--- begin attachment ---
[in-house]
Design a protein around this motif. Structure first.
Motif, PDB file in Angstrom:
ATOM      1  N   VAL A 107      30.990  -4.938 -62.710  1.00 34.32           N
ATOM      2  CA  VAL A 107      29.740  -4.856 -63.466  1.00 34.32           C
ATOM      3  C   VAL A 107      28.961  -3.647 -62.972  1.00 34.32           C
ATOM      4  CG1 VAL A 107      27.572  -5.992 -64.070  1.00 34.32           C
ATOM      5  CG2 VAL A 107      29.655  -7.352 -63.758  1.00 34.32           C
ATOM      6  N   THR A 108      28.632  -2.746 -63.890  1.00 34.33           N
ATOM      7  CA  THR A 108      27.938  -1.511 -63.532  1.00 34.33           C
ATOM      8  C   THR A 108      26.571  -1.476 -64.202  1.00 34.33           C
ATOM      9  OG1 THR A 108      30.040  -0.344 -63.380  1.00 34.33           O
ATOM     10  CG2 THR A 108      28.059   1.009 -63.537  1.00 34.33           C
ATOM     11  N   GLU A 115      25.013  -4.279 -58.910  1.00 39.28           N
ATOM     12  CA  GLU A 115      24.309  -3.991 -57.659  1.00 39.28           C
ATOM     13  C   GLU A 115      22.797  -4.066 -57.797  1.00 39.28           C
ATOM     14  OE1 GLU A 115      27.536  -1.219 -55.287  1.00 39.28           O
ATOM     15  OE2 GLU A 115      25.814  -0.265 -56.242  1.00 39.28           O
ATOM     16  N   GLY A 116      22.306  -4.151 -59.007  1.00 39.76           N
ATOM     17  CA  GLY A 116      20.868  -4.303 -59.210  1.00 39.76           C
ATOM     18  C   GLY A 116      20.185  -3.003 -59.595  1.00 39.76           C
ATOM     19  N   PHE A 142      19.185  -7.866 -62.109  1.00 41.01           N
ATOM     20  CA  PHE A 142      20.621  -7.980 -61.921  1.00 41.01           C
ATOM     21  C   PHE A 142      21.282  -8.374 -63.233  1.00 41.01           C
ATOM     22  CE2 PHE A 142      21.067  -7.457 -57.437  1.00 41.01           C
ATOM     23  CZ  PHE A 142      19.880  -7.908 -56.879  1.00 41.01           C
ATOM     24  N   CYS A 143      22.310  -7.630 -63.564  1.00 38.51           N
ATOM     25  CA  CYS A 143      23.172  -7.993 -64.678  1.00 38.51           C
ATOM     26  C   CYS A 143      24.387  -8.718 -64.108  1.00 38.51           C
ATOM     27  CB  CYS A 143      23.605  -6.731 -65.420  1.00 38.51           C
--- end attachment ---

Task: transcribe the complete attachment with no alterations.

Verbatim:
[in-house]
Design a protein around this motif. Structure first.
Motif, PDB file in Angstrom:
ATOM      1  N   VAL A 107      30.990  -4.938 -62.710  1.00 34.32           N
ATOM      2  CA  VAL A 107      29.740  -4.856 -63.466  1.00 34.32           C
ATOM      3  C   VAL A 107      28.961  -3.647 -62.972  1.00 34.32           C
ATOM      4  CG1 VAL A 107      27.572  -5.992 -64.070  1.00 34.32           C
ATOM      5  CG2 VAL A 107      29.655  -7.352 -63.758  1.00 34.32           C
ATOM      6  N   THR A 108      28.632  -2.746 -63.890  1.00 34.33           N
ATOM      7  CA  THR A 108      27.938  -1.511 -63.532  1.00 34.33           C
ATOM      8  C   THR A 108      26.571  -1.476 -64.202  1.00 34.33           C
ATOM      9  OG1 THR A 108      30.040  -0.344 -63.380  1.00 34.33           O
ATOM     10  CG2 THR A 108      28.059   1.009 -63.537  1.00 34.33           C
ATOM     11  N   GLU A 115      25.013  -4.279 -58.910  1.00 39.28           N
ATOM     12  CA  GLU A 115      24.309  -3.991 -57.659  1.00 39.28           C
ATOM     13  C   GLU A 115      22.797  -4.066 -57.797  1.00 39.28           C
ATOM     14  OE1 GLU A 115      27.536  -1.219 -55.287  1.00 39.28           O
ATOM     15  OE2 GLU A 115      25.814  -0.265 -56.242  1.00 39.28           O
ATOM     16  N   GLY A 116      22.306  -4.151 -59.007  1.00 39.76           N
ATOM     17  CA  GLY A 116      20.868  -4.303 -59.210  1.00 39.76           C
ATOM     18  C   GLY A 116      20.185  -3.003 -59.595  1.00 39.76           C
ATOM     19  N   PHE A 142      19.185  -7.866 -62.109  1.00 41.01           N
ATOM     20  CA  PHE A 142      20.621  -7.980 -61.921  1.00 41.01           C
ATOM     21  C   PHE A 142      21.282  -8.374 -63.233  1.00 41.01           C
ATOM     22  CE2 PHE A 142      21.067  -7.457 -57.437  1.00 41.01           C
ATOM     23  CZ  PHE A 142      19.880  -7.908 -56.879  1.00 41.01           C
ATOM     24  N   CYS A 143      22.310  -7.630 -63.564  1.00 38.51           N
ATOM     25  CA  CYS A 143      23.172  -7.993 -64.678  1.00 38.51           C
ATOM     26  C   CYS A 143      24.387  -8.718 -64.108  1.00 38.51           C
ATOM     27  CB  CYS A 143      23.605  -6.731 -65.420  1.00 38.51           C